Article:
The Monster Men

By Edgar Rice Burroughs

Page 99

all hope of capture. How can we ever repay
you, dear friend?"

"That you were generous enough to arrange when we first embarked upon
the search for your daughter," replied von Horn.

"Just so, just so," said the professor, but a shade of trouble tinged
the expression of his face, and a moment later he arose, saying that he
felt weak and tired and would go to his sleeping room and lie down for
a while. The fact was that Professor Maxon regretted the promise he
had made von Horn relative to his daughter.

Once before he had made plans for her marriage only to regret them
later; he hoped that he had made no mistake this time, but he realized
that it had scarcely been fair to Virginia to promise her to his
assistant without first obtaining her consent. Yet a promise was a
promise, and, again, was it not true that but for von Horn she would
have been dead or worse than dead in a short time had she not been
rescued from the clutches of the soulless Bulan? Thus did the old man
justify his action, and clinch the determination that he had before
reached to compel Virginia to wed von Horn should she, from some
incomprehensible motive, demur. Yet he hoped that the girl would make
it easy, by accepting voluntarily the man who had saved her life.

Left alone, or as he thought alone, with the girl in the growing
shadows of the evening, von Horn thought the moment propitious for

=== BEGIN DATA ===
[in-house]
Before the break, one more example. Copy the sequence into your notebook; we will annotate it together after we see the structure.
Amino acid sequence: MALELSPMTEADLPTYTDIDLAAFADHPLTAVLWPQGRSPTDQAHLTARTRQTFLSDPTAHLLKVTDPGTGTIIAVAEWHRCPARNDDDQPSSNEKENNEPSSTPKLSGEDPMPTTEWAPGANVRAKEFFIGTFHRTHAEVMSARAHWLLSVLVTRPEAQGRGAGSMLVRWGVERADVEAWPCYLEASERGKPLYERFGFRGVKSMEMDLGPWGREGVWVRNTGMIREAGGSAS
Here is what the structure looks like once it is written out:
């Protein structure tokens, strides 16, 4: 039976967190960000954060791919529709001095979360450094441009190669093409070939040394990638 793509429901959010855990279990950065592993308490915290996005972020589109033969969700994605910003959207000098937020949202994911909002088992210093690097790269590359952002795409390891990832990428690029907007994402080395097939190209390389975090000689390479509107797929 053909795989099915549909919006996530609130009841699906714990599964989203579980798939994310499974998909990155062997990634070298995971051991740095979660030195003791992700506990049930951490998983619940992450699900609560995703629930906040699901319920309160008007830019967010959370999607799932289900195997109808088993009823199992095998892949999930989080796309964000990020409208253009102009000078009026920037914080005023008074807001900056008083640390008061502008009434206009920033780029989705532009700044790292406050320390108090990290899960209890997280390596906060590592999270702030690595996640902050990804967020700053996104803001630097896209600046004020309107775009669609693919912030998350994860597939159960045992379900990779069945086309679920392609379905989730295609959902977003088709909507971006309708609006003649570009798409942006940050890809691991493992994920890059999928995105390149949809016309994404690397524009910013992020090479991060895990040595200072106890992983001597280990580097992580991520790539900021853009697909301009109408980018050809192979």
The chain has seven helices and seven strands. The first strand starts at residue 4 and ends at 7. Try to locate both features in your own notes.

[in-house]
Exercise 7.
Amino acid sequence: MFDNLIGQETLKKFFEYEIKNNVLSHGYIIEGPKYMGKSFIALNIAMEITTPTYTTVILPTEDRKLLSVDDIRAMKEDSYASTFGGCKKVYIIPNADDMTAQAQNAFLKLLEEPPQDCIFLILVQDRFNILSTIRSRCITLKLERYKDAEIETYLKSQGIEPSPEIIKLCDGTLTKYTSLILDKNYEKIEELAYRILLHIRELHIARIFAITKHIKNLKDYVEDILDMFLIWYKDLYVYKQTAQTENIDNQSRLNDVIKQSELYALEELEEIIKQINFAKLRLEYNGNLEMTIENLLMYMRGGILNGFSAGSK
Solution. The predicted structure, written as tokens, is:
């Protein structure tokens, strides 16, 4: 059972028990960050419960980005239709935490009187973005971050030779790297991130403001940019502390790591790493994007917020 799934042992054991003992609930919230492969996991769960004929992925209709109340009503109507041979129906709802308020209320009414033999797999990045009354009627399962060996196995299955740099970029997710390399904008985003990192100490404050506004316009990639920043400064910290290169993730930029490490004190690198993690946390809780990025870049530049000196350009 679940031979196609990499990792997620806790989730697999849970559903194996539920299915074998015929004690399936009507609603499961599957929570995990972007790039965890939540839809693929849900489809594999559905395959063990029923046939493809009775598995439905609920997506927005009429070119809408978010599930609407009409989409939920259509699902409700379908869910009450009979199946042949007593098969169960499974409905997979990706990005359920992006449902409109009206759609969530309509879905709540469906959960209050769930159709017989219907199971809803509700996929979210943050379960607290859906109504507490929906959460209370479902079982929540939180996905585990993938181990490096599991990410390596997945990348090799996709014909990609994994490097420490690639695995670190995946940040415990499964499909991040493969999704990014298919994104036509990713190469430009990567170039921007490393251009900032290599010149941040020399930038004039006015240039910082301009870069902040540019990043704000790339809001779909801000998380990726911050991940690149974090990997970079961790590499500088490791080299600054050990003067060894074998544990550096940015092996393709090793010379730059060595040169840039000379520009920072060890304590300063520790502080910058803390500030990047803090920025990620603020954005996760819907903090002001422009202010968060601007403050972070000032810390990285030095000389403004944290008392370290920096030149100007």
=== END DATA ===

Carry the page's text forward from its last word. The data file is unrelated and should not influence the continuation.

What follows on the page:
renewing his suit. He did not consider the natives squatting about
them as of sufficient consequence to consider, since they would not
understand the language in which he addressed Virginia, and in the dusk
he failed to note that Sing squatted with the Dyaks, close behind them.

"Virginia," he commenced, after an interval of silence, "often before
have I broached the subject nearest to my heart, yet never have you
given me much encouragement. Can you not feel for the man who would
gladly give his life for you, sufficient affection to permit you to
make him the happiest man in the world? I do not ask for all your love
at first--that will come later. Just give me the right to cherish and
protect you. Say that you will be my wife, Virginia, and we need have
no more fears that the strange vagaries of your father's mind can ever
again jeopardize your life or your happiness as they have in the past."

"I feel that I owe you

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